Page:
This past few weeks has shown that while we can't turn the clock back on enterprise and technology, we need to find new ways to keep the digital world in check.
In a recent Policy Exchange speech, Chief Secretary to the Treasury Liz Truss MP delivered an upbeat perspective on the digital revolution currently sweeping the nation. It was triumphantly hailed, but not everyone’s convinced.
Ideological oxymorons aside, one wonders just how many are fully on-board with the nature and pace of change, in reality.
Unquestionably, new technology can enhance lives, and the UK’s world-beating digital economy has stimulated fresh dynamism, created new jobs, and brought added prosperity.
But it’s important not to forget that what we’re dealing with here is a double-edged sword.
Digital literacy and up-skilling may have come on leaps and bounds in recent years – but we cannot ignore the fact that gaping digital divides remain – some of which appear to be growing.
Such demographic inconsistencies represent a significant barrier to a truly inclusive and mutually rewarding modern world of work.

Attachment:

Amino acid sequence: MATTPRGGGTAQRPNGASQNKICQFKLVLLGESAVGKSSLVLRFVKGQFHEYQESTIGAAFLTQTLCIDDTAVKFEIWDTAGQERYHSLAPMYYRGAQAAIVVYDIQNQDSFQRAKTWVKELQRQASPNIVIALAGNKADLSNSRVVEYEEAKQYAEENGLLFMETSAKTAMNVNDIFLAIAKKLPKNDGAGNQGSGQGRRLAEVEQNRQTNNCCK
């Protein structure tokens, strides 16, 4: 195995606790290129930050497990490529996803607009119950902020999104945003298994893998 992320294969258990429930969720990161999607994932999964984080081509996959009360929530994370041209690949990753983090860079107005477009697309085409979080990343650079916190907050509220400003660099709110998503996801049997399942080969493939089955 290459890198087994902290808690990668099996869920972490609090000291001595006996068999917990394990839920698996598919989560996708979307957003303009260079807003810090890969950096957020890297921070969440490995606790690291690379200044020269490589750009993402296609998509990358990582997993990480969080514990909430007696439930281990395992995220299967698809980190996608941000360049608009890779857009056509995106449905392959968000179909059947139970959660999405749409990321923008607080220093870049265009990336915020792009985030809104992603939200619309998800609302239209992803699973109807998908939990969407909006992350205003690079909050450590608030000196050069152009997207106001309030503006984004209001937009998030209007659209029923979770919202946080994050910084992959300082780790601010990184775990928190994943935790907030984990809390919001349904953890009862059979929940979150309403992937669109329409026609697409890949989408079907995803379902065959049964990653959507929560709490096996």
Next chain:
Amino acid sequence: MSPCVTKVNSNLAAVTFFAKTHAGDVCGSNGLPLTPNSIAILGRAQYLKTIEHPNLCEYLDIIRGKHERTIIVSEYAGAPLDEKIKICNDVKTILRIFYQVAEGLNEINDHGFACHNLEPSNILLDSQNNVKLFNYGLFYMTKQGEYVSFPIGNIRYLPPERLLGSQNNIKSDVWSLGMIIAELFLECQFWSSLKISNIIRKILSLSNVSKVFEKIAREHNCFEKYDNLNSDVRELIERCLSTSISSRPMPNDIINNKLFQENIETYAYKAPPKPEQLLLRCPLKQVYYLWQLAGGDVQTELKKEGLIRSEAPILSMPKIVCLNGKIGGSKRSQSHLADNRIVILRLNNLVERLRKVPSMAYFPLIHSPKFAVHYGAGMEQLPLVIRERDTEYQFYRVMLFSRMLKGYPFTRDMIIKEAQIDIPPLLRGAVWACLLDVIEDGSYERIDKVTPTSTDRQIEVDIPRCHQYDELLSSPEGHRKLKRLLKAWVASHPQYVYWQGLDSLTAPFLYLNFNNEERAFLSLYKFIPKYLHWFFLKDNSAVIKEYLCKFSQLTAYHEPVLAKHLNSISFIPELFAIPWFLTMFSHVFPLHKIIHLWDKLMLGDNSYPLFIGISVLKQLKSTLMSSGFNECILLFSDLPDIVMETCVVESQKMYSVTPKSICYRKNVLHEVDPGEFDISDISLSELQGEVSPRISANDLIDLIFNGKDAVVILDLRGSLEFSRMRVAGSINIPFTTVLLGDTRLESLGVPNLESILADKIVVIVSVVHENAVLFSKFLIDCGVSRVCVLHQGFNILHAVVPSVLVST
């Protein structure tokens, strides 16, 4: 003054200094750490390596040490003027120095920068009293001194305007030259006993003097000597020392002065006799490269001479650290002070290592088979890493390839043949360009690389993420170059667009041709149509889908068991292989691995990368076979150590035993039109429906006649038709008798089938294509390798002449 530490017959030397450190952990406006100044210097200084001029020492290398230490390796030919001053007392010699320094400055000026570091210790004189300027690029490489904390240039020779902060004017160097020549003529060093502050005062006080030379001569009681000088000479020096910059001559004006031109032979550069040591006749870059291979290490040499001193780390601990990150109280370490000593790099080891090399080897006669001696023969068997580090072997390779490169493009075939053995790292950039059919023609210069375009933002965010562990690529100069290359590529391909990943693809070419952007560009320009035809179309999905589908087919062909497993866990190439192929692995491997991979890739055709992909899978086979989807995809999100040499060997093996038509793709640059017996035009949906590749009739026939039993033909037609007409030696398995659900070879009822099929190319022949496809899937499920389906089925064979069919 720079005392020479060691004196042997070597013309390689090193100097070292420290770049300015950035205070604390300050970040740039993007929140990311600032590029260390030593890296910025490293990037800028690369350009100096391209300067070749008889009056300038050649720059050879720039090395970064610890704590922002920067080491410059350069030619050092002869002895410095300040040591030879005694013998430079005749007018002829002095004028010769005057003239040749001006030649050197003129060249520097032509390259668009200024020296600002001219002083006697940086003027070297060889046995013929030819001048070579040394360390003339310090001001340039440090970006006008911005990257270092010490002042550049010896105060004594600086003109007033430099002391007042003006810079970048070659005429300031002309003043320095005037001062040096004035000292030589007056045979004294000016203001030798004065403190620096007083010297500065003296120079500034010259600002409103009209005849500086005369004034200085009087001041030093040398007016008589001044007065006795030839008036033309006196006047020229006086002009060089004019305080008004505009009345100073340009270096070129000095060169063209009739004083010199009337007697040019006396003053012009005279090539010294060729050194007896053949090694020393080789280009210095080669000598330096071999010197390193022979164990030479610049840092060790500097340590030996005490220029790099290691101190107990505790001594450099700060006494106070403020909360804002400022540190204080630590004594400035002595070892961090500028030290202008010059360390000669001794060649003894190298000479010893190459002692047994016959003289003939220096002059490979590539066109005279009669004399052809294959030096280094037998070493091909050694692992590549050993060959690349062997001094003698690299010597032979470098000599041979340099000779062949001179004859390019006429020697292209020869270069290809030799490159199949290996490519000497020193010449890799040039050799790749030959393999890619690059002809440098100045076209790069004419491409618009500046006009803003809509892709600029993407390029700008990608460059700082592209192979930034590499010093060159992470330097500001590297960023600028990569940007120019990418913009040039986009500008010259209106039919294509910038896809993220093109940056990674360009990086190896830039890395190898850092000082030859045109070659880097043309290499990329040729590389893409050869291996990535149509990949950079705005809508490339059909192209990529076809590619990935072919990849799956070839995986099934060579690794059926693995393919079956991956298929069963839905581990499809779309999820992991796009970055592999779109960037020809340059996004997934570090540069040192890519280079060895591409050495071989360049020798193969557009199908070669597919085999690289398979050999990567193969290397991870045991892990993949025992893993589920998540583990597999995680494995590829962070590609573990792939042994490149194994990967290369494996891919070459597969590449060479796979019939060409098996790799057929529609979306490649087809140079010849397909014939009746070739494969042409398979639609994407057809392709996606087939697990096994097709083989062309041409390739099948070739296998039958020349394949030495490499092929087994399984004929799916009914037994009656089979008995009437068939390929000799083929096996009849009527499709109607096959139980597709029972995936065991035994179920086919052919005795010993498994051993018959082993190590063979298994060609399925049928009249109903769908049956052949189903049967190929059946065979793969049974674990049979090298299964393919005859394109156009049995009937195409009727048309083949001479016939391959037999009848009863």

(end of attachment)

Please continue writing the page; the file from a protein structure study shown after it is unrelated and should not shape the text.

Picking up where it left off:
Comparable obstacles have also emerged in the realm of digital entrepreneurship, as markets grow increasingly crowded, complex, and cornered e.g. by operators benefiting from first-mover advantage, economies of scale, and vertical/horizontal integration.
The gig economy may have taken off in a big way, but only a select few are truly sharing in the spoils.
On the consumer side, the ability to Just Eat a monopsonistic takeaway, hail an Uber unregulated cab, or use monumentally energy-intensive cryptocurrency may offer improved value or convenience but is, self-evidently, not without its drawbacks either.
Brands operating in these new spaces may seem inherently progressive or democratic but are, by and large, essentially no different to the big business beasts of old i.e. naturally driven by incentives to increase market share and profitability.
That an industry is edgy, new, and fronted by fresh-faced, bright-eyed young things renders it no less vulnerable to the lures of monopoly capitalism and cartelisation. Indeed, we’ve already seen plenty of evidence of rent-seeking behaviour, worker exploitation, (crony capitalist) anti-competitive practice, and even outright regulatory capture.
As we have seen in the Cambridge Analytica affair, supposedly innovative and ethical ‘infant industries’ have quickly grown into self-reinforcing multinational conglomerates, some of which look, feel, and behave increasingly like states within states (or a law unto themselves).
Certain major search engines and social media platforms, for example, have transformed into data swiping ‘attention merchants’, relentless marketeers, social engineers, and unelected arbiters of truth. ‘Progress’ in the Information Age is a curious thing indeed.